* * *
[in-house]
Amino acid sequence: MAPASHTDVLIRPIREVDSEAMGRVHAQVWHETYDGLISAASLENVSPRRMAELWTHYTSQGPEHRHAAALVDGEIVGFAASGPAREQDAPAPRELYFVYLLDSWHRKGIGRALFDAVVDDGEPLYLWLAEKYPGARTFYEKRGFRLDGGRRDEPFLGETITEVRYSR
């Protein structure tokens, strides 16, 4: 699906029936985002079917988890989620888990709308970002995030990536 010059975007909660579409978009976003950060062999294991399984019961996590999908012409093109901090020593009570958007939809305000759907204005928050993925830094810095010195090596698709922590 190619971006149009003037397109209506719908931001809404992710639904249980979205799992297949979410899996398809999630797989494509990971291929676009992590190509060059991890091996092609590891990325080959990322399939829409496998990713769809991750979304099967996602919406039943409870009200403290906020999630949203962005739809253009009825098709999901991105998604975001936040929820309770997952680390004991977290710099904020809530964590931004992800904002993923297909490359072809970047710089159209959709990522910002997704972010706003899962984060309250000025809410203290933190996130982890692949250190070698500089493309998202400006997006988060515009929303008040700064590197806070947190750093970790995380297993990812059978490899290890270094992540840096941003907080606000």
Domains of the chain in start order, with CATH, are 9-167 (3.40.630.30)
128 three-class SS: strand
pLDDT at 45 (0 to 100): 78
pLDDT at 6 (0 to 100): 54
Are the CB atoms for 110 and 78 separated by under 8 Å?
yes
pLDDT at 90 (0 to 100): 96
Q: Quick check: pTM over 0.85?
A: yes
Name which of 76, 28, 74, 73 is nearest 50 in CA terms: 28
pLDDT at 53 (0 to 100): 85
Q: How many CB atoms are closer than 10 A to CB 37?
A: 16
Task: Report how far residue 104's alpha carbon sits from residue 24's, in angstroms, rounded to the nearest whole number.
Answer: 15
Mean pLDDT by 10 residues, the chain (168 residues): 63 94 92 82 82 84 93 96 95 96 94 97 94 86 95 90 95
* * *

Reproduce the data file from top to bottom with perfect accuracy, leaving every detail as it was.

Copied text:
[in-house]
Amino acid sequence: MAPASHTDVLIRPIREVDSEAMGRVHAQVWHETYDGLISAASLENVSPRRMAELWTHYTSQGPEHRHAAALVDGEIVGFAASGPAREQDAPAPRELYFVYLLDSWHRKGIGRALFDAVVDDGEPLYLWLAEKYPGARTFYEKRGFRLDGGRRDEPFLGETITEVRYSR
């Protein structure tokens, strides 16, 4: 699906029936985002079917988890989620888990709308970002995030990536 010059975007909660579409978009976003950060062999294991399984019961996590999908012409093109901090020593009570958007939809305000759907204005928050993925830094810095010195090596698709922590 190619971006149009003037397109209506719908931001809404992710639904249980979205799992297949979410899996398809999630797989494509990971291929676009992590190509060059991890091996092609590891990325080959990322399939829409496998990713769809991750979304099967996602919406039943409870009200403290906020999630949203962005739809253009009825098709999901991105998604975001936040929820309770997952680390004991977290710099904020809530964590931004992800904002993923297909490359072809970047710089159209959709990522910002997704972010706003899962984060309250000025809410203290933190996130982890692949250190070698500089493309998202400006997006988060515009929303008040700064590197806070947190750093970790995380297993990812059978490899290890270094992540840096941003907080606000």
Domains of the chain in start order, with CATH, are 9-167 (3.40.630.30)
128 three-class SS: strand
pLDDT at 45 (0 to 100): 78
pLDDT at 6 (0 to 100): 54
Are the CB atoms for 110 and 78 separated by under 8 Å?
yes
pLDDT at 90 (0 to 100): 96
Q: Quick check: pTM over 0.85?
A: yes
Name which of 76, 28, 74, 73 is nearest 50 in CA terms: 28
pLDDT at 53 (0 to 100): 85
Q: How many CB atoms are closer than 10 A to CB 37?
A: 16
Task: Report how far residue 104's alpha carbon sits from residue 24's, in angstroms, rounded to the nearest whole number.
Answer: 15
Mean pLDDT by 10 residues, the chain (168 residues): 63 94 92 82 82 84 93 96 95 96 94 97 94 86 95 90 95